AAP Releases New HPV Recommendations

The American Academy of Pediatrics' 2016 vaccination schedule includes important updates on preventing HPV.
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Research has found that in 2014, four out of 10 girls and six out of 10 boys had not started the American Academy of Pediatrics' recommended HPV Vaccine Series, leaving them vulnerable to cancers caused by human papilloma virus-related infections, such as cervical, vulvar, and anal cancer.

More than 17,000 women and 9,000 men are affected by this preventable virus each year.

Now, the AAP has released an updated immunization schedule, which includes new recommendations for the HPV vaccine.

According to a press release, the 2016 schedule reflects the latest recommendations on vaccines from birth through age 18, and includes these updates as it pertains to HPV:

  • A new 9vHPV vaccine will cover nine strains of the virus, offering protection against at least 80 percent of the cancers caused by HPV.
  • The recommended age to begin vaccinationis still 11, but the AAP now advises that kids who have a history of sexual abuse receive a first dose at age 9.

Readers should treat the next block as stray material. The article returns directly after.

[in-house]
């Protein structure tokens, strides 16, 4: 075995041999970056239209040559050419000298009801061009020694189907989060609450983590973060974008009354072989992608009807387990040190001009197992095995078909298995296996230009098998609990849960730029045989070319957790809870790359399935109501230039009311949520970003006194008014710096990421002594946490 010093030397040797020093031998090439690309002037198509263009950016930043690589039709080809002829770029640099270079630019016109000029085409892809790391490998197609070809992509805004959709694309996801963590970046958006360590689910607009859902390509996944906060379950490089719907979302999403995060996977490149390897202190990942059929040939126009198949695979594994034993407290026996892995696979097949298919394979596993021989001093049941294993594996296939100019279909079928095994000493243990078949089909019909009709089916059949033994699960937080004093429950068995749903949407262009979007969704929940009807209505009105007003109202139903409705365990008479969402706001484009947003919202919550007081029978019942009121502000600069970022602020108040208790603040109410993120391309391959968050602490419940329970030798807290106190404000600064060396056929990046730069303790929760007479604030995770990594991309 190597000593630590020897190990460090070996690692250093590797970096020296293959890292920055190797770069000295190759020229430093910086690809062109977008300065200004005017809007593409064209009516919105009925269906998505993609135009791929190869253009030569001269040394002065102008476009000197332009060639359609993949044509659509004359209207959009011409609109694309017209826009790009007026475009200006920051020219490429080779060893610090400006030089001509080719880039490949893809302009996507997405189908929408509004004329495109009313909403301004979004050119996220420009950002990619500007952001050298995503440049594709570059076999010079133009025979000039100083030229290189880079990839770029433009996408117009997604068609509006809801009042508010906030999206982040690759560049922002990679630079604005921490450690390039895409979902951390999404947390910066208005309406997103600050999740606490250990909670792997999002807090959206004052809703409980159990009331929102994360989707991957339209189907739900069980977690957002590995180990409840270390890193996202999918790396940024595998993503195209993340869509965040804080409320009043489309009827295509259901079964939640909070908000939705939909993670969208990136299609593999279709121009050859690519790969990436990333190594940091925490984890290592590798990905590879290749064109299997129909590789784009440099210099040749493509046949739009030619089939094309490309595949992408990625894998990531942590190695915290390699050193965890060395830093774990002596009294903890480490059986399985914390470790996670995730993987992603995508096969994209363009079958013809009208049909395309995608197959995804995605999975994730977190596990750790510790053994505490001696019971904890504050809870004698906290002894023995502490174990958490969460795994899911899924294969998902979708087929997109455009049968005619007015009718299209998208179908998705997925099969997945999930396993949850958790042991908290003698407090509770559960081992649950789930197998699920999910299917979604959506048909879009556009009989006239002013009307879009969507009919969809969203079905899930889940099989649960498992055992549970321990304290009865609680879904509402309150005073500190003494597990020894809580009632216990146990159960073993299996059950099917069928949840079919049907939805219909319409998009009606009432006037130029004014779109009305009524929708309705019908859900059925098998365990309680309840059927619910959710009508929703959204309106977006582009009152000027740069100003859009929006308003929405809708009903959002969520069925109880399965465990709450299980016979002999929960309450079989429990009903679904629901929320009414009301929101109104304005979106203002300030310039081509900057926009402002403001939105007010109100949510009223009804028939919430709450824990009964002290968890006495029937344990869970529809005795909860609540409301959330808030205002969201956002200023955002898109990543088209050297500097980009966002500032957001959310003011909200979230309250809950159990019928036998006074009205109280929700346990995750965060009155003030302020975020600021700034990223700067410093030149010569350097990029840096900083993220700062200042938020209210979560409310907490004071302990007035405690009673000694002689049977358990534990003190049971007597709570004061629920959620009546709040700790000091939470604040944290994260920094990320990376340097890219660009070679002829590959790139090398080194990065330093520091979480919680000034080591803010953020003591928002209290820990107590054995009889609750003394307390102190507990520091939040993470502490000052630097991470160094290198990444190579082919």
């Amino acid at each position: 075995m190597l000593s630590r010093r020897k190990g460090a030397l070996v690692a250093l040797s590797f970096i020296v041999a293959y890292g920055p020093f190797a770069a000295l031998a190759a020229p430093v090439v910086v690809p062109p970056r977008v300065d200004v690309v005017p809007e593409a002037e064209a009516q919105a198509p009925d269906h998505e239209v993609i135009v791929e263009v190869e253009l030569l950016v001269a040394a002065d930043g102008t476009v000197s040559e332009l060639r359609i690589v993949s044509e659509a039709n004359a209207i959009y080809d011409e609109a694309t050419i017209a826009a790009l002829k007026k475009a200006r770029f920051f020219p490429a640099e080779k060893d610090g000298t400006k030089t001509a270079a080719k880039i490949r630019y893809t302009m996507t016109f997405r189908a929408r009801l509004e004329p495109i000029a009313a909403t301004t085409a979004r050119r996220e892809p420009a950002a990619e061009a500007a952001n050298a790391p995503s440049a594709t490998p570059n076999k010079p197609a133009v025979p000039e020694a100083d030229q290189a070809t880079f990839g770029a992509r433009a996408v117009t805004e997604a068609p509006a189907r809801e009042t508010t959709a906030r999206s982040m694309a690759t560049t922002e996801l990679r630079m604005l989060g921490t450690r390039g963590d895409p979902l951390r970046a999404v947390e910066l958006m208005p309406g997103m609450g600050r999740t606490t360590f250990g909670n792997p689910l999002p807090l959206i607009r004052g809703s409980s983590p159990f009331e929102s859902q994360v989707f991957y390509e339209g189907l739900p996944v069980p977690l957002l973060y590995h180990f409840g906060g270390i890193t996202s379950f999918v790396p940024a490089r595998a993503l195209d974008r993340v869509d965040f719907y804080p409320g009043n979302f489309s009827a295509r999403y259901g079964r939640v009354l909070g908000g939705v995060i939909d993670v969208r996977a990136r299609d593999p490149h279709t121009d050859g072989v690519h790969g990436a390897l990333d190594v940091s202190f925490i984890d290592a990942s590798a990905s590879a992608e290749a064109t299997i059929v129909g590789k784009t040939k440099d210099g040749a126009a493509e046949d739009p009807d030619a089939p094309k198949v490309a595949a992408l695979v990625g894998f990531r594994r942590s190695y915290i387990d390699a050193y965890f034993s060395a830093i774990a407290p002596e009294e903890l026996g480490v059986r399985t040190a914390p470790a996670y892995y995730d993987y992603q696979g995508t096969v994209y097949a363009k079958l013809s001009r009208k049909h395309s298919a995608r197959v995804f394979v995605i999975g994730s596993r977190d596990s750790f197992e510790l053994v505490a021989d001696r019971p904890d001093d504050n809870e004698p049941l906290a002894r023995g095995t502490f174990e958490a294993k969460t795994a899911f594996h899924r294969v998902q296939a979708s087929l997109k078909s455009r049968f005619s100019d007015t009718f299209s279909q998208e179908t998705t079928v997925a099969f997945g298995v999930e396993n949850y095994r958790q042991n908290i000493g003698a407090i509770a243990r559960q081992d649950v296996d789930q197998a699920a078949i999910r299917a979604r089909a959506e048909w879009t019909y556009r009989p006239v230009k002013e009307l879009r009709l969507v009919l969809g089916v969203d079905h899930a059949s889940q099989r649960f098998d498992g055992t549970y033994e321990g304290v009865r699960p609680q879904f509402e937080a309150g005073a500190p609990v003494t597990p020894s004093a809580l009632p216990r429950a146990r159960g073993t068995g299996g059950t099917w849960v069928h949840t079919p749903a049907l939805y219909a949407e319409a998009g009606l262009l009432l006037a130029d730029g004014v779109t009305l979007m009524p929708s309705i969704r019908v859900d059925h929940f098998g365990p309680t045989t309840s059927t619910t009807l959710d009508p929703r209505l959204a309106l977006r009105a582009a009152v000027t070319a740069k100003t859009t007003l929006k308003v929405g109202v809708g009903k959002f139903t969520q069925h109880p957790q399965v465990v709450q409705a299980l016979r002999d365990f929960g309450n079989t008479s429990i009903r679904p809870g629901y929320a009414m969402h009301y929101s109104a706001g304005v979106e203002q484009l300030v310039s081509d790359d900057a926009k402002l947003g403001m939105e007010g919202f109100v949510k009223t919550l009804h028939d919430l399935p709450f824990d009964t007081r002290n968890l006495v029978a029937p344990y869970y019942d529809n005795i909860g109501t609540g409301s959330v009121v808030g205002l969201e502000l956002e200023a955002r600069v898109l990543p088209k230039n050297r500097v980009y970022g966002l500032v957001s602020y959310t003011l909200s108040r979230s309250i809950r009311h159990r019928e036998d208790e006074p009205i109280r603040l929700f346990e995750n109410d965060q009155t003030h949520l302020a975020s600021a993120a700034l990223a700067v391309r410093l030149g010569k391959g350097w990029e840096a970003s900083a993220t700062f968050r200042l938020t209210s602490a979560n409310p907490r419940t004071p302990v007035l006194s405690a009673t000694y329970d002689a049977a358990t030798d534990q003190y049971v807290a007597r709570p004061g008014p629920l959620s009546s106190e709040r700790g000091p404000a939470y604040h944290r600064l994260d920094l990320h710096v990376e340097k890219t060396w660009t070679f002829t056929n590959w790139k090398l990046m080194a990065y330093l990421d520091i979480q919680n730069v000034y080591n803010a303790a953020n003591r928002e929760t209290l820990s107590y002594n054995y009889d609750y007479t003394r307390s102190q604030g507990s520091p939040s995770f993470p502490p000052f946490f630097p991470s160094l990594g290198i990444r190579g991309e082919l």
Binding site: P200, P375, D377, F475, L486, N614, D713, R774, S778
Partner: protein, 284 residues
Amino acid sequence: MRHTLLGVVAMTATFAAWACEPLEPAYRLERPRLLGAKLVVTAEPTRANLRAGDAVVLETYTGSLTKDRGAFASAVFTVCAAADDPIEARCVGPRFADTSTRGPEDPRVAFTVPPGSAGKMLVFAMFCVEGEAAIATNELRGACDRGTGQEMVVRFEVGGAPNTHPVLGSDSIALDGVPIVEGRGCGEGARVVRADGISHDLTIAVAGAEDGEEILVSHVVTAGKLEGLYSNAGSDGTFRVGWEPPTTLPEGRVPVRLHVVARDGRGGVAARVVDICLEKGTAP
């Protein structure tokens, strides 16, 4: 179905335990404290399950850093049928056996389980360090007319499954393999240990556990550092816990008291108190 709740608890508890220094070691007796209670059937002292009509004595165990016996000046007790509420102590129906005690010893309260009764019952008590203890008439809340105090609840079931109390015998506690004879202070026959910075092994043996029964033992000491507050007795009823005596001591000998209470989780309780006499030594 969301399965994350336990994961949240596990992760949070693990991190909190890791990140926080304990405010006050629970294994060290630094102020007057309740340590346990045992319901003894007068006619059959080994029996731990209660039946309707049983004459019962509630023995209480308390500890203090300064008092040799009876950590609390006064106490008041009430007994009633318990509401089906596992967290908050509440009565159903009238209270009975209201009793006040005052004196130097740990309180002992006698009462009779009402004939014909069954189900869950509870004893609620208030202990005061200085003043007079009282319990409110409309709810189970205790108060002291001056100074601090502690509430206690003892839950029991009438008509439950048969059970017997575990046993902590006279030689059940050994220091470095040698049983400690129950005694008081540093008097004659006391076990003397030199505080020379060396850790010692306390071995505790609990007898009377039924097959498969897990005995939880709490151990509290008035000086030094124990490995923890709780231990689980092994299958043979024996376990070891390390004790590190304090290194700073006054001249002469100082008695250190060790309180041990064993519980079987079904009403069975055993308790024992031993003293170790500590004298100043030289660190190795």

• To receive optimal protection, both boys and girls should get all three doses between the ages of 11 and 12.

"This recommendation is because children at this age have literally no risk of ever having been exposed, and that gives us the best chance of protecting them against a number of very serious and relatively common cancers," Alix Casler, M.D., FAAP, medical director of pediatrics at Physicians Associates - Orlando Health, explained to Parents.com.

So why aren't all parents vaccinating their kids?

Should parents follow a strict vaccine schedule or is there room for flexibility?

"Parents' biggest concern is probably that it's difficult to think about their children becoming sexually active," Dr. Casler said, adding, "but that's the whole point of immunizing at 11 to 12 years old. At [that age], the response to vaccines is superb... and guarantees excellent protection later on when it will matter."

Her advice is to keep the conversation about sexual safety completely separate; in fact, that discussion may come much later. The bottom line, she says, is this: "If parents are well-informed and talk to their pediatricians, their family practitioners, or go online to the CDC website, they will find that the HPV vaccine is exceedingly safe with essentially no serious side effects noted after over 70 million doses given worldwide."

Did you or do you plan to get your child vaccinated?

Melissa Willets is a writer/blogger and a mom. Follow her on Twitter (@Spitupnsuburbs), where she chronicles her love of exercising and drinking coffee, but never simultaneously.

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